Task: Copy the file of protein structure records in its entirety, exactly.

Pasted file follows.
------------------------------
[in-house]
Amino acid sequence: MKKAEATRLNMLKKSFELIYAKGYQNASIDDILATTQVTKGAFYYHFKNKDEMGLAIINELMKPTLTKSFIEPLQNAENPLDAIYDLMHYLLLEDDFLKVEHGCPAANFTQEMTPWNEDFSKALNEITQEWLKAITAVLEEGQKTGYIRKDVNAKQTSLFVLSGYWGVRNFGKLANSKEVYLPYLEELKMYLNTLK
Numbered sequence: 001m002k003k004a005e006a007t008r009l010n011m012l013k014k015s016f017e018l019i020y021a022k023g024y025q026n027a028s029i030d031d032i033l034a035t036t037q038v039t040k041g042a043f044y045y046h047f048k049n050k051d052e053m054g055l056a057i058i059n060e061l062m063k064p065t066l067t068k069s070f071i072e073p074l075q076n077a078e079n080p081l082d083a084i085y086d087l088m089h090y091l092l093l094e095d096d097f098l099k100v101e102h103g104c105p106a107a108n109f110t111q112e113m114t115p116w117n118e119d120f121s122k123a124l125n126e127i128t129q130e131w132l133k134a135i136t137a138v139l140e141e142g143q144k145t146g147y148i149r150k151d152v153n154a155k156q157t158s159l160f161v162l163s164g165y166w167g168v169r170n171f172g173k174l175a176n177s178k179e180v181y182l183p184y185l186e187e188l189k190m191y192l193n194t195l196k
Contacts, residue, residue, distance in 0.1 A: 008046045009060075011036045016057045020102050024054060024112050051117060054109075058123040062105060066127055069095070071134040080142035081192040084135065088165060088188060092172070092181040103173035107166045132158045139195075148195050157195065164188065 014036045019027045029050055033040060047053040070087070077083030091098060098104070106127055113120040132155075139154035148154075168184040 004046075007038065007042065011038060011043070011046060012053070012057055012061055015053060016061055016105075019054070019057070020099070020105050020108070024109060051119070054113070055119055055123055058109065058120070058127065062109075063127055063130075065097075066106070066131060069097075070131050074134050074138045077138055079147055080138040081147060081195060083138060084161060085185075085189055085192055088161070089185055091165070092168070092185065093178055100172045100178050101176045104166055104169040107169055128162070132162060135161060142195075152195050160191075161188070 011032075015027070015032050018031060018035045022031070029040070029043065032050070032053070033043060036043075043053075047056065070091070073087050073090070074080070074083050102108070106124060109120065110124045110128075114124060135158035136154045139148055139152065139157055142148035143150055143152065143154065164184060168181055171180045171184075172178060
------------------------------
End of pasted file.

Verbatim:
[in-house]
Amino acid sequence: MKKAEATRLNMLKKSFELIYAKGYQNASIDDILATTQVTKGAFYYHFKNKDEMGLAIINELMKPTLTKSFIEPLQNAENPLDAIYDLMHYLLLEDDFLKVEHGCPAANFTQEMTPWNEDFSKALNEITQEWLKAITAVLEEGQKTGYIRKDVNAKQTSLFVLSGYWGVRNFGKLANSKEVYLPYLEELKMYLNTLK
Numbered sequence: 001m002k003k004a005e006a007t008r009l010n011m012l013k014k015s016f017e018l019i020y021a022k023g024y025q026n027a028s029i030d031d032i033l034a035t036t037q038v039t040k041g042a043f044y045y046h047f048k049n050k051d052e053m054g055l056a057i058i059n060e061l062m063k064p065t066l067t068k069s070f071i072e073p074l075q076n077a078e079n080p081l082d083a084i085y086d087l088m089h090y091l092l093l094e095d096d097f098l099k100v101e102h103g104c105p106a107a108n109f110t111q112e113m114t115p116w117n118e119d120f121s122k123a124l125n126e127i128t129q130e131w132l133k134a135i136t137a138v139l140e141e142g143q144k145t146g147y148i149r150k151d152v153n154a155k156q157t158s159l160f161v162l163s164g165y166w167g168v169r170n171f172g173k174l175a176n177s178k179e180v181y182l183p184y185l186e187e188l189k190m191y192l193n194t195l196k
Contacts, residue, residue, distance in 0.1 A: 008046045009060075011036045016057045020102050024054060024112050051117060054109075058123040062105060066127055069095070071134040080142035081192040084135065088165060088188060092172070092181040103173035107166045132158045139195075148195050157195065164188065 014036045019027045029050055033040060047053040070087070077083030091098060098104070106127055113120040132155075139154035148154075168184040 004046075007038065007042065011038060011043070011046060012053070012057055012061055015053060016061055016105075019054070019057070020099070020105050020108070024109060051119070054113070055119055055123055058109065058120070058127065062109075063127055063130075065097075066106070066131060069097075070131050074134050074138045077138055079147055080138040081147060081195060083138060084161060085185075085189055085192055088161070089185055091165070092168070092185065093178055100172045100178050101176045104166055104169040107169055128162070132162060135161060142195075152195050160191075161188070 011032075015027070015032050018031060018035045022031070029040070029043065032050070032053070033043060036043075043053075047056065070091070073087050073090070074080070074083050102108070106124060109120065110124045110128075114124060135158035136154045139148055139152065139157055142148035143150055143152065143154065164184060168181055171180045171184075172178060